BASH, environmental team-up helps sustain base balance

  • Published
  • By Senior Airman David Bernal Del Agua
  • 22nd Air Refueling Wing Public Affairs
The Bird/Wildlife Aircraft Strike Hazard program and the 22nd Civil Engineer Squadron Environmental Element work together more often than people realize since their jobs depend on each other.

The two agencies collaborate to ensure aircraft are safe when they are flying or on the ground, as well as to maintain a proper balance with the wildlife on base.

"We can't do our jobs fully without each other," said Tina Seemayer, 22nd CES Environmental Element natural and cultural resources program manager. "It is a symbiotic relationship. Our climate allows people to work to attain the goals of their particular area while also trying to learn and understand the impact to others when our fields of concern overlap. We have to be flexible and work toward understanding the issues working on our area causes on others' areas."

The mission of BASH is to mitigate risks to the aircraft by keeping birds and wildlife off the airfield and the surrounding areas while ensuring that they stay within inter-agency agreements.

"Every base has an inter-agency environmental agreement between the military installation, U.S. and State Fish and Wildlife Services that sets aside parts of base to do wildlife protection," said Lauren Caister, Bird/Wildlife Aircraft Strike Hazard program manager. "What usually happens is that the people writing those agreements try to use the airfield space for conservation, but we try to stay alert to prevent that from happening. The environmental folks out here have been very cooperative with us on it."

The team-up between BASH and environmental keeps an eye out for what species are residing on base, and they do constant surveys to ensure the species stay within their constraints and don't cross into the airfield area.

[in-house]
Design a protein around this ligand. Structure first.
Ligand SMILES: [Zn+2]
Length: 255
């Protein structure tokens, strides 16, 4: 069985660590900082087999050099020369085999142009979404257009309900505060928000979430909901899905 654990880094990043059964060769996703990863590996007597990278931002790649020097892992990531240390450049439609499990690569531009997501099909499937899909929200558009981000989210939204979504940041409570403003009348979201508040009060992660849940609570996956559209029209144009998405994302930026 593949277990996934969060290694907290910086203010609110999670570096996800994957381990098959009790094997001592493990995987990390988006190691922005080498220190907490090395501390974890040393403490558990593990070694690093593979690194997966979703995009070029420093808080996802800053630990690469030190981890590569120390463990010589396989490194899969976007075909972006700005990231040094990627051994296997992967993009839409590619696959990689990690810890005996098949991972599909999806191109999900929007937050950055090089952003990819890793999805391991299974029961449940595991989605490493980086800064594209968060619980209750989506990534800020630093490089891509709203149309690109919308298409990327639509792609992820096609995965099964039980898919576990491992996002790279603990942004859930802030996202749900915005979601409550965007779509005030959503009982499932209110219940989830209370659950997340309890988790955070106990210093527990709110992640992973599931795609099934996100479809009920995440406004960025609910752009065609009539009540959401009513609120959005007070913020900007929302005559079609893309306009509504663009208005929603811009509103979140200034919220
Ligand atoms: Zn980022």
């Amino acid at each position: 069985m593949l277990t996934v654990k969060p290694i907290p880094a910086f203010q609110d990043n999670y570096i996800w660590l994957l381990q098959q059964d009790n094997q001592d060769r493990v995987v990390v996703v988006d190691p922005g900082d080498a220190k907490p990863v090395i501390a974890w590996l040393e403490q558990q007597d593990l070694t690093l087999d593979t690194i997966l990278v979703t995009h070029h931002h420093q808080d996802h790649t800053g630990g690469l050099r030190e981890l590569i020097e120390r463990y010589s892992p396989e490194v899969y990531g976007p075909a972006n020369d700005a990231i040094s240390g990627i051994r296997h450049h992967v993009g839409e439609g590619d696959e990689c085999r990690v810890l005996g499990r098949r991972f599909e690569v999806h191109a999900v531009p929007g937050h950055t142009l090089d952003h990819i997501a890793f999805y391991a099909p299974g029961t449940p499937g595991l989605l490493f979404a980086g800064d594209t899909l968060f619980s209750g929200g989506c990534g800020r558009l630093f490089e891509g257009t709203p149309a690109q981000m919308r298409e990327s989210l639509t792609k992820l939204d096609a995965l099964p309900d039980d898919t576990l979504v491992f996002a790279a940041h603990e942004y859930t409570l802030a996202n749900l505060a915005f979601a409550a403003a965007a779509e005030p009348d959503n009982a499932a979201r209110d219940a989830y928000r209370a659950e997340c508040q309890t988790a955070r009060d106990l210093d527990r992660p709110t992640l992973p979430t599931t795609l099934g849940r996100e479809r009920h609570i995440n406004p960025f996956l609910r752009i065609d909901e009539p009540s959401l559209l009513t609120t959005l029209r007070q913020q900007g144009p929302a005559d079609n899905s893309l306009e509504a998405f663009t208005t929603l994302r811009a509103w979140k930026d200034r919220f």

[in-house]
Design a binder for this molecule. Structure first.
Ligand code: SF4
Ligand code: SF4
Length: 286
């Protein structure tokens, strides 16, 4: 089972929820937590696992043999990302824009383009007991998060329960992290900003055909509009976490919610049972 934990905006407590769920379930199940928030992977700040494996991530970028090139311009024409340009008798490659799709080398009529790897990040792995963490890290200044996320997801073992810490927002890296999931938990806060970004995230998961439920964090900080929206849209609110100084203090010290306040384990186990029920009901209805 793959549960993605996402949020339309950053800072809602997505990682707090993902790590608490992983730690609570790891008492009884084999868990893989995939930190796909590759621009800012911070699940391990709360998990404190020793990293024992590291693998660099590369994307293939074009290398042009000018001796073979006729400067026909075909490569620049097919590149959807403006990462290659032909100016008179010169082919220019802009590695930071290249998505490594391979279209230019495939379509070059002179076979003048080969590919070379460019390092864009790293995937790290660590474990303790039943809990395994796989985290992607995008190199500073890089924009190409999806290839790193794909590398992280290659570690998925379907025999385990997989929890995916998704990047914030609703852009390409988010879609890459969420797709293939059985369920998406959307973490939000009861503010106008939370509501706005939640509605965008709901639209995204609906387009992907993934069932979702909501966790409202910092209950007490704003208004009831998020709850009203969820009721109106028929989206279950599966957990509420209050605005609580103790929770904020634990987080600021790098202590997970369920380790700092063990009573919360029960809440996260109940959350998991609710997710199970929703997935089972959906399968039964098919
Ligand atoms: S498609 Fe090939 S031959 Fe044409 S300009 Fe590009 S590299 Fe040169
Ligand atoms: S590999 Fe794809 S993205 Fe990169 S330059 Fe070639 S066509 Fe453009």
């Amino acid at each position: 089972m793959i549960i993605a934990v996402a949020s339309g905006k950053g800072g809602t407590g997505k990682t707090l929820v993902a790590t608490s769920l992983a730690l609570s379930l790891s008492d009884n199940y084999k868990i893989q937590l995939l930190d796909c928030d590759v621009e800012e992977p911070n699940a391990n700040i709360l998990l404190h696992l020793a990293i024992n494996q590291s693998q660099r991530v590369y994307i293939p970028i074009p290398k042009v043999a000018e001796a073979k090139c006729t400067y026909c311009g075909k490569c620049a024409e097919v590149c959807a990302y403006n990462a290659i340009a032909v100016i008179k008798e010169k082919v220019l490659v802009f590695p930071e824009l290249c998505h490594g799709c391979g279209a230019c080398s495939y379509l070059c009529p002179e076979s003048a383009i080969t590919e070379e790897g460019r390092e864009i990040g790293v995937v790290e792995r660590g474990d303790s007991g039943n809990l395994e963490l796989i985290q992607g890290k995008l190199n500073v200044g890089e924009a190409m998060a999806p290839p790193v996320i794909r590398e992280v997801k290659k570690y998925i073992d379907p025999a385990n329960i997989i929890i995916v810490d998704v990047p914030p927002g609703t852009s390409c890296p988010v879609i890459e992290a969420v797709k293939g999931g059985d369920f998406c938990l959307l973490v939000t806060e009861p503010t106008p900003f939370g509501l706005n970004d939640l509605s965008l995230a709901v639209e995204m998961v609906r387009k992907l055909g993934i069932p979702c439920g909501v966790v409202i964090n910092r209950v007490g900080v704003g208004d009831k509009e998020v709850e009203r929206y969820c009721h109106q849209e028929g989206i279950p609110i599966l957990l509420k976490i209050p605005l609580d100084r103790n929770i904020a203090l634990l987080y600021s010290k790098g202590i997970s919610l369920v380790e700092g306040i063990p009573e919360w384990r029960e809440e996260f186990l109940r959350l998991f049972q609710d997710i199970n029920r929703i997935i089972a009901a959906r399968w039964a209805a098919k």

A variety of wildlife call the areas on and around McConnell home, such as coyotes, opossums, rabbits, hawks as well as many different species of fish.

"We still have coyotes as well as lots of skunks and things that raid bird nests," said Caister. "I also don't kill snapping turtles. I just remove any I find from the airfield, but I like having them in our ponds because they eat ducklings and that helps us control the bird population on base."

McConnell's approach to keeping aircraft safe on base is a small-scale version of how the food chain functions on the outside of base, with a few changes specific to the inside.

"One of the big issues with most military installations is that a lot of the predators have been eliminated, so they're providing the wildlife a sanctuary," said Caister. "Our base is a little different because we don't take the 'shoot everything you see' approach."

According to Caister, allowing certain species on base under a controlled environment keeps a natural flow in the food chain and some species are safer to have residing on base than others.

"The overall goal of natural resources management isn't to create a wildlife refuge on McConnell, but rather ensure that our actions don't result in a loss of mission capability," said Seemayer. "We get the side benefits of being good stewards of our resources, being a good community partner and looking after the health and welfare of both the environment and the people that rely on it to survive."